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July 1961

A Dietary Treatment for Familial Mediterranean Fever

Author Affiliations


From the Department of Medicine, University of California at Los Angeles.

Arch Intern Med. 1961;108(1):80-85. doi:10.1001/archinte.1961.03620070082010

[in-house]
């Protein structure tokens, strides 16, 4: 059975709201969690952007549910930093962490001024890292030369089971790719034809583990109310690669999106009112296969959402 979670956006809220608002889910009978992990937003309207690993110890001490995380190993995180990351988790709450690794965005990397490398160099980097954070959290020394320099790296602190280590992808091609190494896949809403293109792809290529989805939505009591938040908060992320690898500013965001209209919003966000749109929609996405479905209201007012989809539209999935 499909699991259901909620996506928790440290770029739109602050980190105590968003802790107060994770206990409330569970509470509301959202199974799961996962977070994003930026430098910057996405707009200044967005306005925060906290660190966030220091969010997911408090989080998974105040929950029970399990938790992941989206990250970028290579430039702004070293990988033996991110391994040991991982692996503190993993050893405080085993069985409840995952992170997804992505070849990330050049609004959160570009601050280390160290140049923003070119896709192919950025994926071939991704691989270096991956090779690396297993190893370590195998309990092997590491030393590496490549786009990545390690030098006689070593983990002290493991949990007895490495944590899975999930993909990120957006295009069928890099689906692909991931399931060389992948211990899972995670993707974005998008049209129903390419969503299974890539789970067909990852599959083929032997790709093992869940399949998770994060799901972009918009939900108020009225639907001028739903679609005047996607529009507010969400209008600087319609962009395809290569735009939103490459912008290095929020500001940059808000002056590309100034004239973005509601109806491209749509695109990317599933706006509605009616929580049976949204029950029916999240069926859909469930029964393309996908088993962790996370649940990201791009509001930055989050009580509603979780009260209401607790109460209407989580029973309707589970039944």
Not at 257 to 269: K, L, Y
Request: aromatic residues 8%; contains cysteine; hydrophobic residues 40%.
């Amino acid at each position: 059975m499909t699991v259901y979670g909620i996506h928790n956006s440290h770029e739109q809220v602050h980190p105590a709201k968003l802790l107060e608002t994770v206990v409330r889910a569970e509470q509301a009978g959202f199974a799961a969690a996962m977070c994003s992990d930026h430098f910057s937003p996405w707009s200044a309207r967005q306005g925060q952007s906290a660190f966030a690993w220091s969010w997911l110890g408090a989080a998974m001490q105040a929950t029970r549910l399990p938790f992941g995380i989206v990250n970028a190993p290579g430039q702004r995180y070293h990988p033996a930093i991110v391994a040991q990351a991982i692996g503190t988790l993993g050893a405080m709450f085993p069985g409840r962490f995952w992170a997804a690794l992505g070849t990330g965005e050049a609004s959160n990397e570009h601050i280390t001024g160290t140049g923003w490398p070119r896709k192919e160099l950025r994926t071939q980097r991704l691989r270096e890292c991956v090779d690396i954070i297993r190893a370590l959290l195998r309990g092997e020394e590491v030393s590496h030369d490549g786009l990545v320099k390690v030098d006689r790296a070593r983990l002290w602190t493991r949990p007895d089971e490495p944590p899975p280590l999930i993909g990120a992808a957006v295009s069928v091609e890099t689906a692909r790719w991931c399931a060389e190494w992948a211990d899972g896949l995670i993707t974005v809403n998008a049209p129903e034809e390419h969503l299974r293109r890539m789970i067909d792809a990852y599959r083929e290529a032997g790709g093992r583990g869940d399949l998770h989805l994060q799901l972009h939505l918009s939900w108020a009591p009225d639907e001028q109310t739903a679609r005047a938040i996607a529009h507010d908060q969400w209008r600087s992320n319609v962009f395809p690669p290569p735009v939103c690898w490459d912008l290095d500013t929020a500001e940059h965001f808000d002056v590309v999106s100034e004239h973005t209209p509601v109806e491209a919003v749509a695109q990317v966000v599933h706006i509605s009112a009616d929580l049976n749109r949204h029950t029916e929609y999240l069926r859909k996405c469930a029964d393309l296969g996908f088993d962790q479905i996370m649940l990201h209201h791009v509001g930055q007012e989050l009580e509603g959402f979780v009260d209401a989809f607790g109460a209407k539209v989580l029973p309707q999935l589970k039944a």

Familial Mediterranean fever is an inherited disease in persons of Mediterranean ancestry.1 The illness is characterized by short, self-limited attacks of fever, usually accompanied by severe pain in the abdomen or chest. Familial Mediterranean fever is also known as periodic disease,2,3 benign paroxysmal peritonitis,4 the Armenian's disease,5 and familial recurring polyserositis.6 There is little doubt that this disorder is an inborn error of metabolism, and in certain susceptible populations, such as the Jews of Iraq, it has been calculated that familial Mediterranean fever is determined by a recessive gene present in approximately 1 in 52 persons, with the manifest illness appearing in a ratio of about 1 to 2,720.7 The only demonstrable histopathology, other than a nonspecific inflammatory response, such as peritonitis, during the attacks of fever, has been the emergence of amyloidosis in a high percentage of the patients.8 The underlying metabolic